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Feasibility of a downhole welding construction/repair tool using 3D printing/welding technology

Project Summary

A fast and effective solution is required to repair holes (leak paths) in downhole production tubulars and casing. Repairing downhole leak paths or else using preventative cladding prior to any loss of integrity in the string are preferred to costly string recovery or plugging and abandonment of wells. Current repair methods include using hydraulically or mechanically expanded liners to isolate the leaking or corroded area, using elastomers and an expanded sleeve. This usually reduces the tubing/casing internal diameter and can lead to impairment of production performance. A secondary consideration in expanded sleeve repairs is temperature cycling impacting elastomer seal life. Down well welding is a not yet developed technology that could offer an alternative repair methodology by creating a reliable at depth metal-to-metal repair/seal for the life of the well.

NZTC supported a desktop study to establish whether a downhole welding construction/repair tool is feasible using 3D printing/welding technology.

Industry value:
Downhole repairs could realise significant value by removing the need to pull and replace damaged or badly corroded casing strings, extending the production life of existing well stock, reducing opex, maximising economic recovery and minimising emissions associated with compromised well integrity.

Key results:
A feasibility report produced detailing welding, mechanical and electrical input requirements for designing a suitable tool. The study established that a downhole tool/method is feasible and set out the required budget and design.

The study identified hyperbaric metal inert gas welding (MIG), one of several welding techniques that use electricity to melt and join pieces of metal, as the additive manufacturing process which has the potential to be developed and deployed for downhole tubular repair. Welding offers the capability to bridge gaps, allow effective repair of eccentric casing/tubulars, and can withstand thermal cycling. It can also affect a metal-to-metal seal for a reliable, life-of-well solution.

Costs can be saved by:

  • Increased duration of production for marginal wells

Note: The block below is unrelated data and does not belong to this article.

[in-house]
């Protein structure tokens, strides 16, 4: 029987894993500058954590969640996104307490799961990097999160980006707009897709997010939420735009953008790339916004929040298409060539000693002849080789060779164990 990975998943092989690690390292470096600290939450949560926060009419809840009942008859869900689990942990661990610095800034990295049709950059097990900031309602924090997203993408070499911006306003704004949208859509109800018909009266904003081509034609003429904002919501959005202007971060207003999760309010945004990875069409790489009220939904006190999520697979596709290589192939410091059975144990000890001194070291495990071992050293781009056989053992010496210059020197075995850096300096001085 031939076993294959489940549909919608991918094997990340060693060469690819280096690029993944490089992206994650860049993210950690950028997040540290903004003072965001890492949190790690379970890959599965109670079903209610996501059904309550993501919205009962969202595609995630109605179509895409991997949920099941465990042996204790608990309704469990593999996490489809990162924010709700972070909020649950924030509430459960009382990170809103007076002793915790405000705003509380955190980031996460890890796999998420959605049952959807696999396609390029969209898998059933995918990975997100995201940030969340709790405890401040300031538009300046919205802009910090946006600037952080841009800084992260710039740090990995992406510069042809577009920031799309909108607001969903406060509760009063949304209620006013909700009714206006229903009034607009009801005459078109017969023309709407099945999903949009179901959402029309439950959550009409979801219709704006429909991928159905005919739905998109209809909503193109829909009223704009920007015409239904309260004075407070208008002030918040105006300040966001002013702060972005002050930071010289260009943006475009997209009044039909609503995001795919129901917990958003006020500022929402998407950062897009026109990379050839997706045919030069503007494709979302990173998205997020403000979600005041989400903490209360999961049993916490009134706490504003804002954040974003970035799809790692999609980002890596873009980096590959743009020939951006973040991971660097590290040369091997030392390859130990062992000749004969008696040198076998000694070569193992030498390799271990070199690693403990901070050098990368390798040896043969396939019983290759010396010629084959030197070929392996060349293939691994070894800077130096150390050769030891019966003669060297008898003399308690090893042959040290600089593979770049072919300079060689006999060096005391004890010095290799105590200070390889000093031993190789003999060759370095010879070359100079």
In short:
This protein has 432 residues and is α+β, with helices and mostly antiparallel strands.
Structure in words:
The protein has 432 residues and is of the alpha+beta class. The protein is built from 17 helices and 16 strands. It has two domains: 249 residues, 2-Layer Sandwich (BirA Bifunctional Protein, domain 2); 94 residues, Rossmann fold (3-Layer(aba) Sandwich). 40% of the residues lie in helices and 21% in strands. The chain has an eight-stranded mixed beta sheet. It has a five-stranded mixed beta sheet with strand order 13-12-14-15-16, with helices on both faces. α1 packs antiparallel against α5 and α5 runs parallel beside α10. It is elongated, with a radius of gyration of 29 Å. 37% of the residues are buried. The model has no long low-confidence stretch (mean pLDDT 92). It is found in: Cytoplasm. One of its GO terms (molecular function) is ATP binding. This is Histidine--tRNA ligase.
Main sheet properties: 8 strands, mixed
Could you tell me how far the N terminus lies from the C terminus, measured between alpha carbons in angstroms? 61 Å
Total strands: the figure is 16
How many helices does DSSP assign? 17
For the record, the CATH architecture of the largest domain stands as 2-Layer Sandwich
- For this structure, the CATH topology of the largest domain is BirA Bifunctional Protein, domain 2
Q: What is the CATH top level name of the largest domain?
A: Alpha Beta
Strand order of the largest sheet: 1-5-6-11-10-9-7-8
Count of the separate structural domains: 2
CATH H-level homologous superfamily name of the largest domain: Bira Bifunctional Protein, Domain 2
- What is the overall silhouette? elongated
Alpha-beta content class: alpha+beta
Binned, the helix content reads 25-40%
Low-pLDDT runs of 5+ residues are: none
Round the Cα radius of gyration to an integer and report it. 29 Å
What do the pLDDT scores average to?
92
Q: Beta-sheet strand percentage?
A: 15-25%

• Repairing conduits, which avoid having to pull and replace completions
  • Reduction in opex through replacing workovers with small scale intervention campaigns
  • Reduction in GHG through reduced operational activities.

Key requirements to enable a downhole welding method include:

  • Development of an appropriate hyperbaric welding power source for downhole application
  • Miniaturisation of key drive/control electronics
  • Operation at temperatures of 80-100°C
  • Miniaturisation of welding module for base case ID
  • Miniaturisation of downhole control pods for application at operating depth
  • Validation of dry hyperbaric MIG welding on base case materials/environmental/surface conditions

The project successfully demonstrated that a downhole welding tool is feasible and could be relevant to a huge number of functions downhole. As well as tubing repairs, applications for plug and abandonment and drilling while casing could be possible. The technology can also be used as a preventative measure to avoid having to repair tubings by internally cladding problematic areas.

Lessons learned:

The application of additive manufacturing to repair leak paths and/or clad internal tubulars and casings downhole, is achievable within a two-year time frame.

Downhole Energy now have a comprehensive understanding of this technology and how it would function. Unlike competing technologies, the solution provides the integrity of a weld which is already used in very similar environments subsea. The continued development of the project will result in vast cost savings for the industry.

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